What is endometriosis?
Endometriosis is the name given to the condition where cells like the ones in the lining of the womb (uterus) are found elsewhere in the body, such as the ovaries and fallopian tubes. Each month these cells react in the same way to those in the womb, building up and then breaking down and bleeding. Unlike the cells in the womb that leave the body as a period, this blood has no way to escape.
Endometriosis is a chronic and debilitating condition that causes painful or heavy periods. It can affect all women of childbearing age, and it is estimated that 1 in 10 women in the UK suffer with this condition. This makes it the second most common gynaecological condition in the UK.
What causes endometriosis?
The cause of endometriosis is unknown. It is important to understand that it has not happened because of anything you have done, or have not done. There may be several factors that contributing to the development of endometriosis such as genetic, environmental and anatomical causes.
What are the symptoms of endometriosis?
Symptoms can vary between women, some are badly affected while others might not have any noticeable problems. The main symptoms include;
· Pain in your lower tummy or back which is usually worse during your period
· Period pain that stops you doing your normal activities
· Heavy periods
· Pain during or after sex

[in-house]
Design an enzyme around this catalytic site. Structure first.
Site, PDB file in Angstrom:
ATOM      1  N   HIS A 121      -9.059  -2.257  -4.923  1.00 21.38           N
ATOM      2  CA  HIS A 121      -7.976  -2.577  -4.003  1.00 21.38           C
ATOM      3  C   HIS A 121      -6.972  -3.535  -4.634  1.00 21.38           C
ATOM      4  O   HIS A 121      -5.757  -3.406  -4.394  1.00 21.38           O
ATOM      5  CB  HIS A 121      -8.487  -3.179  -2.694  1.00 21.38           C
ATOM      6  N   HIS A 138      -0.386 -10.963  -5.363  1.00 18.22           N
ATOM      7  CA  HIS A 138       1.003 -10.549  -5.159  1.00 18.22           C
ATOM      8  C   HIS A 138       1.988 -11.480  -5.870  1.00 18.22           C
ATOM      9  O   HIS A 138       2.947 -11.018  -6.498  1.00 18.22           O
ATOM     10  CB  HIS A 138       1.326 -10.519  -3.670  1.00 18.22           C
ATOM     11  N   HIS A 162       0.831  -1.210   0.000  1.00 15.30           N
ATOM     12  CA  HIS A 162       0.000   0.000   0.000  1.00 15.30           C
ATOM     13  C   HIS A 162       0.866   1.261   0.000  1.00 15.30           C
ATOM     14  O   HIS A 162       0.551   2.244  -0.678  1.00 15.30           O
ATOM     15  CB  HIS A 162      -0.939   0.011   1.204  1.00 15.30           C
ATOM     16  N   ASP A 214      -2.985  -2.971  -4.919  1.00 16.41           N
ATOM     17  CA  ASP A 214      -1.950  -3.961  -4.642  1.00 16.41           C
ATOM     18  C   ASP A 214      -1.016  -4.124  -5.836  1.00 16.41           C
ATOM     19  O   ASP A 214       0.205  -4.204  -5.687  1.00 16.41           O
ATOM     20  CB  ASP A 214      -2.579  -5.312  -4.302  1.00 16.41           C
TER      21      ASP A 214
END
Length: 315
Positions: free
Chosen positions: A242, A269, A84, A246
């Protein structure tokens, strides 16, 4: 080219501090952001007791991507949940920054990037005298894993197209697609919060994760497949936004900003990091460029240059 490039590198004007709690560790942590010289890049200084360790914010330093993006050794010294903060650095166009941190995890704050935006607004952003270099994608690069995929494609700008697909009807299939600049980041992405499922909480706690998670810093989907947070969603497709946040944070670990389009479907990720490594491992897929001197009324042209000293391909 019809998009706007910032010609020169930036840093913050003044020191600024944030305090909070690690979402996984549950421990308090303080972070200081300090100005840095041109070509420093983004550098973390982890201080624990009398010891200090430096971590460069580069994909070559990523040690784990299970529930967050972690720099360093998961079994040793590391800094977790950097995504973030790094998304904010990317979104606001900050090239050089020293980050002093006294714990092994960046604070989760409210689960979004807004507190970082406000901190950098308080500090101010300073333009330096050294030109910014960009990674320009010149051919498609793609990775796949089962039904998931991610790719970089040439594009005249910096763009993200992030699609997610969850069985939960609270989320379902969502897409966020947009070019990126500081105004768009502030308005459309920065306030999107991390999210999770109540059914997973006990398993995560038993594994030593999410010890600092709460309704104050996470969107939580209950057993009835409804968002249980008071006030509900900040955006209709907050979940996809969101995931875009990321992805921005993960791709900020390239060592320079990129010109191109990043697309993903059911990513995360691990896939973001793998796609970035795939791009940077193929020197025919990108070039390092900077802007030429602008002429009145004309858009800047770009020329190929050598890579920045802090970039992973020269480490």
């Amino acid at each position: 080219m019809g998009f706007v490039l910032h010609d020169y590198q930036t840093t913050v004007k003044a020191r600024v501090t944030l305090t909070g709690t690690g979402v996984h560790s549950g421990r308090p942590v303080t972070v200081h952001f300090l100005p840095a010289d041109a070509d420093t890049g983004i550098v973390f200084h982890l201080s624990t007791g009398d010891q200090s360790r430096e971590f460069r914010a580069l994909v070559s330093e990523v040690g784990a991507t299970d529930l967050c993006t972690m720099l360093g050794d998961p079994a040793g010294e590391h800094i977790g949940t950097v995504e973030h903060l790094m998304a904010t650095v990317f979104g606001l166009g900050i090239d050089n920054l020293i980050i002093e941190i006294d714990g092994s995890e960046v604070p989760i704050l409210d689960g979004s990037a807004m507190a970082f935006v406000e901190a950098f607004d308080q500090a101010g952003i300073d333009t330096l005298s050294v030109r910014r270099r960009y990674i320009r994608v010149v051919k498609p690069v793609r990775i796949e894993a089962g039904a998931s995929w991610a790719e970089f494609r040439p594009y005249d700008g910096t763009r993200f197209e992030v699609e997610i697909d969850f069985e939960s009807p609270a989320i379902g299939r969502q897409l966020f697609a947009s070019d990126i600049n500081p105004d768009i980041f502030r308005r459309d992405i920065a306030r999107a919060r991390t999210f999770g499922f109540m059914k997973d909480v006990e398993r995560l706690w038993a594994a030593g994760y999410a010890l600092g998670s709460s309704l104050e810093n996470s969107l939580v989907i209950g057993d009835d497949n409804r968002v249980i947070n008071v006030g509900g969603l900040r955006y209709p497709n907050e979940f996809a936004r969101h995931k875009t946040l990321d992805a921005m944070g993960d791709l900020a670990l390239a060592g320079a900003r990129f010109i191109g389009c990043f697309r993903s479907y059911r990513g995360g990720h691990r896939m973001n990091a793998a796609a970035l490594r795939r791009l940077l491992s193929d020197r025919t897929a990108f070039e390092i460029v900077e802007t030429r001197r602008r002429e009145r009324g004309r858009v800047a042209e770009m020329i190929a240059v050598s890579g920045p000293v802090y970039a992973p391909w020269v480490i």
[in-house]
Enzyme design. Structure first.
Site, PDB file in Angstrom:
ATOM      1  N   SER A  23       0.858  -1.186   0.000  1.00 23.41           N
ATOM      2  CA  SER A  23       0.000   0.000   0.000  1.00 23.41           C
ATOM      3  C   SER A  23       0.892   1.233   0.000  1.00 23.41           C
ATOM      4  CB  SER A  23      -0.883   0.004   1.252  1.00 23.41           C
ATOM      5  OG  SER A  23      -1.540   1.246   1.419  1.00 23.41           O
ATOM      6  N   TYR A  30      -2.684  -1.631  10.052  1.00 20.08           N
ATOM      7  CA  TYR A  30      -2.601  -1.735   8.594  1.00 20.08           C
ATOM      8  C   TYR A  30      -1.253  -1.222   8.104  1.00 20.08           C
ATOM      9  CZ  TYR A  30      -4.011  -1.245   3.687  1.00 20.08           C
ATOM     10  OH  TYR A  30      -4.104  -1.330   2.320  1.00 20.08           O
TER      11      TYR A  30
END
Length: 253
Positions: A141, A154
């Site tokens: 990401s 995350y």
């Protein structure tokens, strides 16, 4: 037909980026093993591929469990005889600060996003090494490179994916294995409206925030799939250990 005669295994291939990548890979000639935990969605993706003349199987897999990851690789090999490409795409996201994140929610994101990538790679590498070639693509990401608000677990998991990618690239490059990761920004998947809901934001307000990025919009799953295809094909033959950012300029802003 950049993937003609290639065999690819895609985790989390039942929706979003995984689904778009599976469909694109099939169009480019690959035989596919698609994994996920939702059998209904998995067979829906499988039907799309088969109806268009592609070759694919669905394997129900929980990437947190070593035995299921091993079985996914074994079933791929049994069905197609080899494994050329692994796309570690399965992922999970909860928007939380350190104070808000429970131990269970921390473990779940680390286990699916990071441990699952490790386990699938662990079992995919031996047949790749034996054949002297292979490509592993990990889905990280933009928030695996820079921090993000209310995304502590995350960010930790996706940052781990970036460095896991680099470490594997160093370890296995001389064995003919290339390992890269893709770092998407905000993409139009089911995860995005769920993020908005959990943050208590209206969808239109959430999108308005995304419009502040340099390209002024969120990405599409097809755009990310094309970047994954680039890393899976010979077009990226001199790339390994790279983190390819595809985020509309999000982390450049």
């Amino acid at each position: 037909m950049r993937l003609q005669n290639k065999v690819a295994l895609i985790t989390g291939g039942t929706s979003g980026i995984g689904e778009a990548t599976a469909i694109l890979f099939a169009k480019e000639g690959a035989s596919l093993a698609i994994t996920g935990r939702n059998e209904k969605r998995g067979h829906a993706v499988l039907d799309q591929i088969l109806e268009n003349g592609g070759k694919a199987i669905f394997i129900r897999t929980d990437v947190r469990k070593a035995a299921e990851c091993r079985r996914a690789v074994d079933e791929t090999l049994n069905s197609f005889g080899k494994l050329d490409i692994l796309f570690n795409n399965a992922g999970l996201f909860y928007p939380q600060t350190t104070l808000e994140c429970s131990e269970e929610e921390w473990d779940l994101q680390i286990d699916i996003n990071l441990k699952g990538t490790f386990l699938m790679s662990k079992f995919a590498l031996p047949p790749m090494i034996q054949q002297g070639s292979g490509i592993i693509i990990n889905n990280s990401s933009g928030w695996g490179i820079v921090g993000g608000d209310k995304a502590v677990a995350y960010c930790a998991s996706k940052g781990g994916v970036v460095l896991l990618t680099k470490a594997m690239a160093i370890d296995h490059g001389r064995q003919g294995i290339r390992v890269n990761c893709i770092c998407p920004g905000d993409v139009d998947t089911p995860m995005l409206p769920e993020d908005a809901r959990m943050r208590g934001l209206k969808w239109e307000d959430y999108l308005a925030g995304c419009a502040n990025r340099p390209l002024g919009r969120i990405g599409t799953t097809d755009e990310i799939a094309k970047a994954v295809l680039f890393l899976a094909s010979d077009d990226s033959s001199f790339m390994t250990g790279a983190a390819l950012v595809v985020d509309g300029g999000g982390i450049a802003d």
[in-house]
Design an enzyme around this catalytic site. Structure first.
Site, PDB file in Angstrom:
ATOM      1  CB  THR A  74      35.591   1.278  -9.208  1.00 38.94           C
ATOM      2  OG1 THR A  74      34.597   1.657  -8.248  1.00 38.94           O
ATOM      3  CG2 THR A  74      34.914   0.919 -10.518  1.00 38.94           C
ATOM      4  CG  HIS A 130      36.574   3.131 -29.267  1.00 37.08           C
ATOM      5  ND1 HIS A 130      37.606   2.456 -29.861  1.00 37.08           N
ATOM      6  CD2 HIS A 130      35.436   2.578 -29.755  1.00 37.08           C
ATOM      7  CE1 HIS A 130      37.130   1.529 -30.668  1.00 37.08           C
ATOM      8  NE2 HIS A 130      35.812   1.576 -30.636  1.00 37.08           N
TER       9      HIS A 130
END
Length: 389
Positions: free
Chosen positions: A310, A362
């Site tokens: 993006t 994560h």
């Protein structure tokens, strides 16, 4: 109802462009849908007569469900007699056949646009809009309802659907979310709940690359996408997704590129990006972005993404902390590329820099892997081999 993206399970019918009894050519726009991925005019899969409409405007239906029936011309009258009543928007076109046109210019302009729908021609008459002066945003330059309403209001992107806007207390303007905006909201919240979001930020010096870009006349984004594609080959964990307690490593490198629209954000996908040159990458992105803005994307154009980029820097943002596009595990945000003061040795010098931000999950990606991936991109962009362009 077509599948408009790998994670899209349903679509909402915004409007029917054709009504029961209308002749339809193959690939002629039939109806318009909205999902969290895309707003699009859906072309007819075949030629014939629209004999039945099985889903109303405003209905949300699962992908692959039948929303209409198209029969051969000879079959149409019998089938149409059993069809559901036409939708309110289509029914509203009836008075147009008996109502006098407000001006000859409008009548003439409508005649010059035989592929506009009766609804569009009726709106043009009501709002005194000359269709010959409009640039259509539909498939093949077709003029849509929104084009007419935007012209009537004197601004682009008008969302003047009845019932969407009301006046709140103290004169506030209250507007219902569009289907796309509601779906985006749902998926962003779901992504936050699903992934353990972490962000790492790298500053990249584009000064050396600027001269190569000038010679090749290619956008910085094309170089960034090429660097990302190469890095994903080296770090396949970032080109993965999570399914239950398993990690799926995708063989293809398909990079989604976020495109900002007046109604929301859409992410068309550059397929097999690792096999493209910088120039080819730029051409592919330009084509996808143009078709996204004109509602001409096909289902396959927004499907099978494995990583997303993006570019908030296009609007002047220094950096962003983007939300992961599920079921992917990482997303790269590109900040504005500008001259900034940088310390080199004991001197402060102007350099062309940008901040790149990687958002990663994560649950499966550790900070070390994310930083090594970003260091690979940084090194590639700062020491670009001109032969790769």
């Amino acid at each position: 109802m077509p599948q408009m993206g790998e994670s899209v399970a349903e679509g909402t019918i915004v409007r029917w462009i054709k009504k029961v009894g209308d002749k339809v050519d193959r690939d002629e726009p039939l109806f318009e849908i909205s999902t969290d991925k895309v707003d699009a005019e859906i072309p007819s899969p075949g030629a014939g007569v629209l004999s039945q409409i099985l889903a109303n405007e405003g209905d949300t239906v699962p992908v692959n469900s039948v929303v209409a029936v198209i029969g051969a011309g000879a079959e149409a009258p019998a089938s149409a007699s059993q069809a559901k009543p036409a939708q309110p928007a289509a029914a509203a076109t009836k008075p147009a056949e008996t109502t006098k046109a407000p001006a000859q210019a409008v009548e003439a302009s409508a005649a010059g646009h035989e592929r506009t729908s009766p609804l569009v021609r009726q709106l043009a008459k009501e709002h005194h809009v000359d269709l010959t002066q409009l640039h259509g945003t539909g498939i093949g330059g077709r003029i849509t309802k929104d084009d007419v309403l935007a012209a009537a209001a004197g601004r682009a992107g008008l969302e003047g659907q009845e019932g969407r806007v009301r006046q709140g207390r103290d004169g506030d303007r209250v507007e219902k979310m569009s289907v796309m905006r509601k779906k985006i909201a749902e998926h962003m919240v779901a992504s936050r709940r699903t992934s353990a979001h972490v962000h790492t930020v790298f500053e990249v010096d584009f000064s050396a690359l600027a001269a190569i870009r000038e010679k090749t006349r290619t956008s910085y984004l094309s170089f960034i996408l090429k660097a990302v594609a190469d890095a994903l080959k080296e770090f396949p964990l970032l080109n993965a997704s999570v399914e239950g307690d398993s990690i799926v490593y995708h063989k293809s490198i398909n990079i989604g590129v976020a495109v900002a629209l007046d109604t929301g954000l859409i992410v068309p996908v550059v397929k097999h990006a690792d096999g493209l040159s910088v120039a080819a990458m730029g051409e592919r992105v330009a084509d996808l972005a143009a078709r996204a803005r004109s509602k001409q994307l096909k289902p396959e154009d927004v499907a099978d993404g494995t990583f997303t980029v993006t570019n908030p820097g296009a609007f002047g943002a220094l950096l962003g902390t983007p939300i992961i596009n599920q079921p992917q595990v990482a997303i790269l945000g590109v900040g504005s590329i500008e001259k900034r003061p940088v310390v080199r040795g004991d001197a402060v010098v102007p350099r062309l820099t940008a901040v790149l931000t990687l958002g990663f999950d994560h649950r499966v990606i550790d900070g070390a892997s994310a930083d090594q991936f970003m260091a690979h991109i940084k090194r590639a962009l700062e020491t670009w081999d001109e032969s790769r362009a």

· Pain when peeing or pooing during your period
· Feeling nauseous, constipation, diarrhoea, or seeing blood in your urine during your period
· Difficulty getting pregnant.
How is endometriosis diagnosed and treated?
Diagnosing endometriosis can be difficult as the symptoms are very similar to other common gynaecological conditions. The only definitive way to diagnose endometriosis is by a laparoscopy. This is an operation in which a camera is inserted into the pelvis via a small cut near the naval. The surgeon can use the camera to see the pelvic organs and to look for any signs of endometriosis.
Unfortunately, there is no cure for endometriosis. However, there are a variety of treatments which aim to reduce the severity of symptoms and improve your quality of life. Treatment options include pain relief (over the counter painkillers), hormone treatments (as endometriosis responds and grows when exposed to the hormone oestrogen, a number of hormone treatments attempt to block of reduce the production of oestrogen in the body), and surgery. Keyhole surgery can be used to remove the endometrial tissue found elsewhere in the body, alternatively open surgery may be required to remove part or all of the organs affected by endometriosis (for example a hysterectomy).
This article is intended to inform and give insight but not treat, diagnose or replace the advice of a doctor. Always seek medical advice with any questions regarding a medical condition.